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From Ron Rudy <ronchal...@gmail.com>
Subject Re: question: is is possible to identify open resources?
Date Tue, 14 Sep 2010 18:05:21 GMT
On Tue, Sep 14, 2010 at 2:01 PM, Patrick Holthuizen <patrick@eaze.org> wrote:
>> On Tue, Sep 14, 2010 at 1:07 PM, Patrick Holthuizen <patrick@eaze.org> wrote:
>>>> Is there a specific reason why you don't want to close the connection?
>>> Just performance.
>> What I'm assuming you're looking for here is leaks to ensure that all
>> resultsets/statements/etc. are closed, yes?
>> In theory what you COULD do is wrap your connection object and have it
>> produce something like a "TraceableStatement" and "TraceableResultSet"
>> that likewise wrap the implementation returned by the Derby connection
>> object.  Then at the end interrogate these to see if any remain
>> unclosed.
>> That would be also pretty extensive, but there may very well be a
>> project out there dedicated to that sort of "tracing" JDBC
>> implementation to help development debug resource leaks.  You might
>> want to take a look around.
>> -Ron
> Your assumption is correct. I think it is a good idea to look around the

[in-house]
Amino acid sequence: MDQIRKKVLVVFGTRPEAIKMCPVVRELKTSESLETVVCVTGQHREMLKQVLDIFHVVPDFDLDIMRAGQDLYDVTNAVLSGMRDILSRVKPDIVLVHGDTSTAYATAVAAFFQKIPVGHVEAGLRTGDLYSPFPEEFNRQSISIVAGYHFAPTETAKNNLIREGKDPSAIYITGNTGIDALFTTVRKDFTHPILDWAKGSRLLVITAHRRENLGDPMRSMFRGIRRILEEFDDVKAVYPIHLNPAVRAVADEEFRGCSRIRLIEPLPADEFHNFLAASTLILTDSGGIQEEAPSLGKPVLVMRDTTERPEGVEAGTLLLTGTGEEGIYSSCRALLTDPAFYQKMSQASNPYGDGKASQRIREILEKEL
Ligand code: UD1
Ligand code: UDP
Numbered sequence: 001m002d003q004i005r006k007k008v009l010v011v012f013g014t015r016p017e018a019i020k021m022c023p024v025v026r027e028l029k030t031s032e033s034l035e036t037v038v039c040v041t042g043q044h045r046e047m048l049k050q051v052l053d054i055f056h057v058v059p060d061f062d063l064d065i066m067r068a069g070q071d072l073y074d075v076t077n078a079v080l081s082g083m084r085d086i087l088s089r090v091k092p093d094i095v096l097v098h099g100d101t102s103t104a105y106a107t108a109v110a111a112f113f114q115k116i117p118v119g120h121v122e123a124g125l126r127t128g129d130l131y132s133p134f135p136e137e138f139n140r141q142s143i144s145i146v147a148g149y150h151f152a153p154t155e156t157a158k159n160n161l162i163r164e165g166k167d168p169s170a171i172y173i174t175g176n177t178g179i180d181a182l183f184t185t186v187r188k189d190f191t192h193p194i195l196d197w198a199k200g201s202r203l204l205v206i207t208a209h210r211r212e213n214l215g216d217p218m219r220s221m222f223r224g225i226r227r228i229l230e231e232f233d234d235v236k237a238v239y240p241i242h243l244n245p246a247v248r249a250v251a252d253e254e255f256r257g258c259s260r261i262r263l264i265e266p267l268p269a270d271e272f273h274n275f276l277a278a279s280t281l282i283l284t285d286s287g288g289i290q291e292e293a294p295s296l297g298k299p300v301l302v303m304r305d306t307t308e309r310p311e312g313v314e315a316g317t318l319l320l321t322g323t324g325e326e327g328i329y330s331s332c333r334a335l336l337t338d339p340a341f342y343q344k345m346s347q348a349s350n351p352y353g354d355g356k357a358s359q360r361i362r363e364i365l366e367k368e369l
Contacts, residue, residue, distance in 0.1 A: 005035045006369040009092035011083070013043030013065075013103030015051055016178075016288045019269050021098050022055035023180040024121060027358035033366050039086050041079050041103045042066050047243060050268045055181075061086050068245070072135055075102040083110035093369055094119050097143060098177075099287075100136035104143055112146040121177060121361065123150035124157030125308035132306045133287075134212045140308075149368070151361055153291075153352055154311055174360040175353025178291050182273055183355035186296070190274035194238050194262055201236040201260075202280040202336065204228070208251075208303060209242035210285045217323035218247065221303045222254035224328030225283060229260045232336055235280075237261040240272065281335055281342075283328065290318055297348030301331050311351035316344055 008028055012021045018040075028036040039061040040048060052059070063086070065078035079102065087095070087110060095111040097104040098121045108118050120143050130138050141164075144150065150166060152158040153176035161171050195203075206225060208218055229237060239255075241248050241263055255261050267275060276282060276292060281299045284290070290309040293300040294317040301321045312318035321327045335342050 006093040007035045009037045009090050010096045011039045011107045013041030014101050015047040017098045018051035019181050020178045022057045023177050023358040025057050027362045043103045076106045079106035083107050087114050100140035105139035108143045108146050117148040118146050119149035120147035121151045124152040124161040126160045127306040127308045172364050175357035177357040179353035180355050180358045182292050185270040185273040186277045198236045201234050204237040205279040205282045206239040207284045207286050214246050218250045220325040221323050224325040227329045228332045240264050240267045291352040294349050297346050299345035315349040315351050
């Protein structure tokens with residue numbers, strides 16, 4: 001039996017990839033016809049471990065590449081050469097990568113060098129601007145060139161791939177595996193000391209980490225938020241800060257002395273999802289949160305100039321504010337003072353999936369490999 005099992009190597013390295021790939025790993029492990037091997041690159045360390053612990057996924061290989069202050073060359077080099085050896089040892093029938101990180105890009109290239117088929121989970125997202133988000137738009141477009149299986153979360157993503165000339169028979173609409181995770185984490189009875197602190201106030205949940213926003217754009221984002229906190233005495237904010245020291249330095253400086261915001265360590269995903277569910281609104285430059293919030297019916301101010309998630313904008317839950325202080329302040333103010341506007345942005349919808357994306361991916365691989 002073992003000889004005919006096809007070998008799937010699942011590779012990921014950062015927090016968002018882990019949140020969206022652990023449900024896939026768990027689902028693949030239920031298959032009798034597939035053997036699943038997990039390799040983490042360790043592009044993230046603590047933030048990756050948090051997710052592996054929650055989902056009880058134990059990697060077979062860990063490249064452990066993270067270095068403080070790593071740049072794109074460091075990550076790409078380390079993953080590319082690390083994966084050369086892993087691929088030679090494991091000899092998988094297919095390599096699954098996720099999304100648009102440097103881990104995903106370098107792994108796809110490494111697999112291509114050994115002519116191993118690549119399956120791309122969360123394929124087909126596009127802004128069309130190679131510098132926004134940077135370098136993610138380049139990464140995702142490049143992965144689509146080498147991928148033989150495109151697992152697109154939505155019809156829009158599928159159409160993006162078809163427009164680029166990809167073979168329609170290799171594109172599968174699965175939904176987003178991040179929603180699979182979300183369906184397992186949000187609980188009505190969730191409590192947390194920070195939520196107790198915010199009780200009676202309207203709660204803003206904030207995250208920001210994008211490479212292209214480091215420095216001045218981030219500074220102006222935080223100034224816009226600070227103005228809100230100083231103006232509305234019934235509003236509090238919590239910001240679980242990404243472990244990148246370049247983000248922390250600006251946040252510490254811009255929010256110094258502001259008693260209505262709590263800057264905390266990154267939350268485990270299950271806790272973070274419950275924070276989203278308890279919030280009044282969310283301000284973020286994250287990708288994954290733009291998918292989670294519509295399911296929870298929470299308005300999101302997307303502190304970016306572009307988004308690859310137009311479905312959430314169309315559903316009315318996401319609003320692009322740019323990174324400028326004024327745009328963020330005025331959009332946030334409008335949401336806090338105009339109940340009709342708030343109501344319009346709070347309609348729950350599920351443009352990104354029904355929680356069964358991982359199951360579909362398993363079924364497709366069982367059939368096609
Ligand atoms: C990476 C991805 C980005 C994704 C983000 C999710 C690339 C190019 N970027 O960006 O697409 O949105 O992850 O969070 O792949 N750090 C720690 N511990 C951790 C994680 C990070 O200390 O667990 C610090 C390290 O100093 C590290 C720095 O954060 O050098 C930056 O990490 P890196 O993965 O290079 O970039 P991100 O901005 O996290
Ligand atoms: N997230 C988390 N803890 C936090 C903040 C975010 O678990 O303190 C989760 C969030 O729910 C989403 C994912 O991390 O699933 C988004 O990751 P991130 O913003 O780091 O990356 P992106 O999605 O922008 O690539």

> web for an existing solution. I just hoped Derby has a mechanism already
> built in because Derby also has to keep track of all open statements and
> result sets. The information I need is somewhere in Derby but I assume
> it is not exposed in the API.
> I will not prefer your solution of wrapping the existing objects, the
> objects are already wrapped in Data Access and SqlStatement classes but
> these classes are exactly the classes to be tested.

What I mean is that there may be a wrapper implementation of the JDBC
spec that will envelope the classes you specify.  Often this is done
with a change in DBUrl, something like "jdbc:tracingdriver:(my
original jdbc url)".  Many pooling implementations take this approach
as well.


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